INTRODUCTION: Upper GI cancer in the UK is associated with a poor prognosis. This thesis was
concerned with clarifying the reasons for this, including delays in the diagnosis and the effect of
antisecretory drug therapy (AST).
METHODS: A retrospective cohort study of 685 patients with oesophago-gastric
adenocarcinoma (ACA) diagnosed in South Tees between April 1991-2001 and prospective
studies of gastric ulcer disease and chromoendoscopy
RESULTS: The time course to diagnosis was determined and showed a mean time to diagnosis
of 30 weeks. Patients with oesophageal cancer took longer to present to their GP and longer
to be seen in secondary care once referred. The part of the diagnostic process in primary care
was double that in secondary care.
AST prescribed prior to endoscopy resulted in a delay in diagnosis of 18 weeks (mean) but
this had no effect on long-term outcome.
The Urgent Referral Guidelines for upper GI cancer, known as the "two week rule"
guidelines showing they fail to identify 29% of patients.
27% of patients have an endoscopy within 3 years of diagnosis where the diagnosis of cancer
is not made. Lesions are often seen at the prior endoscopy, and are often ulcerated.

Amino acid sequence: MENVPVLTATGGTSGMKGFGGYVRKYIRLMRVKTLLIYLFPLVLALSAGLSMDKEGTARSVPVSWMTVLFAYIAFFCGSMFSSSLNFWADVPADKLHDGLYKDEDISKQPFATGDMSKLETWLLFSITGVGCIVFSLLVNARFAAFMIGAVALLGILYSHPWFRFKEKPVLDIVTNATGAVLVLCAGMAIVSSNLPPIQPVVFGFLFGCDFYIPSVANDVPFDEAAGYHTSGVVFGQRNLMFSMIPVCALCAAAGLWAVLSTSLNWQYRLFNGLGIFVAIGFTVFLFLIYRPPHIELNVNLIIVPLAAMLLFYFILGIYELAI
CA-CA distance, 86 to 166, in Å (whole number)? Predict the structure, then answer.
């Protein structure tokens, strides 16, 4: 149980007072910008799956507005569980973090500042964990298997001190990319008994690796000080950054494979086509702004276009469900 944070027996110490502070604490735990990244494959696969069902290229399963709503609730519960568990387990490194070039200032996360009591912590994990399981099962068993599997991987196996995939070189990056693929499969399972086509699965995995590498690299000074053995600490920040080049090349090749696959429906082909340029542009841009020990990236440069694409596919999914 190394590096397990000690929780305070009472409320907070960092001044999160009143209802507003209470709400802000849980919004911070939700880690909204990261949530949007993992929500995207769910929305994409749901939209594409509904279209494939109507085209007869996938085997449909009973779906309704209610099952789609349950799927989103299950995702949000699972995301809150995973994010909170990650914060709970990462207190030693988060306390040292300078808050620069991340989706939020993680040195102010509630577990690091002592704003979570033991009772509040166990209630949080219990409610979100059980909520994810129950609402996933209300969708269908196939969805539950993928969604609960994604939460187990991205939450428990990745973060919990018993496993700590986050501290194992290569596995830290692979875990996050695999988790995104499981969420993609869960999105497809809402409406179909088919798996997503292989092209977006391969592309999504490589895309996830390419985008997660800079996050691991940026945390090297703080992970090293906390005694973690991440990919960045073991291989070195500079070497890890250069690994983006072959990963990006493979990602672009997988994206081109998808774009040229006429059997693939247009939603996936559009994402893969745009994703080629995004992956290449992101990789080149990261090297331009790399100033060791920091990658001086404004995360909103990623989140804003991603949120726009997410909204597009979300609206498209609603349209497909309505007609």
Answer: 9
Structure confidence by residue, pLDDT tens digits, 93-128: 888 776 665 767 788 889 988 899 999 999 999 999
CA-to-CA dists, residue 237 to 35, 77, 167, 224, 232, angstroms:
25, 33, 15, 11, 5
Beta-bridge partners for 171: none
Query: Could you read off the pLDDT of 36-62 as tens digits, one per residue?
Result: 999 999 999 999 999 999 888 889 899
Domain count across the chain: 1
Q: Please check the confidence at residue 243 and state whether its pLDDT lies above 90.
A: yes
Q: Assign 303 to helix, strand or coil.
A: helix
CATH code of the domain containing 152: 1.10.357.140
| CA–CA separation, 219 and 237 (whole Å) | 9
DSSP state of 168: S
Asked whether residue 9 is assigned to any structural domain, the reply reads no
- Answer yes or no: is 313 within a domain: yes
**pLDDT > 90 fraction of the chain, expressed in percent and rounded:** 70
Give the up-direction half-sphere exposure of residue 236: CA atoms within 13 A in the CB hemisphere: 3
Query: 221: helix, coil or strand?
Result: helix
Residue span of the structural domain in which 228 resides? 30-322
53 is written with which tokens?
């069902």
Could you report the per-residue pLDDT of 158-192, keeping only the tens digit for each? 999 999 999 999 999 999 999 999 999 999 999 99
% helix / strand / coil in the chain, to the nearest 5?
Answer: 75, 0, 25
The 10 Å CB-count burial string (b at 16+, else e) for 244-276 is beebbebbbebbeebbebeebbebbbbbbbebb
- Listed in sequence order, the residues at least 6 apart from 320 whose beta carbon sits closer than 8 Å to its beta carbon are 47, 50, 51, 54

Inadequate biopsying seems responsible, which is influenced by the endoscopist's perception
of whether the lesion is malignant. Only 9.2% of cancers are truly "missed".
Chromoendoscopy identified benign minor abnormalities in 14%: an aggressive biopsy
policy even in patients "at risk" by virtue of age is therefore hard to justify.
CONCLUSION: There are significant delays in the diagnosis of oesophago-gastric ACA.
Treatment with AST delays diagnosis but without affecting outcome. Current endoscopic
practice could be improved to reduce the missed cancer rate through the use of a rigorous
biopsy protocol especially for ulcerated lesions. As symptoms are used to determine who is
endoscoped and are a poor predictor of pathology alternative means of determining "high
risk" need to be developed.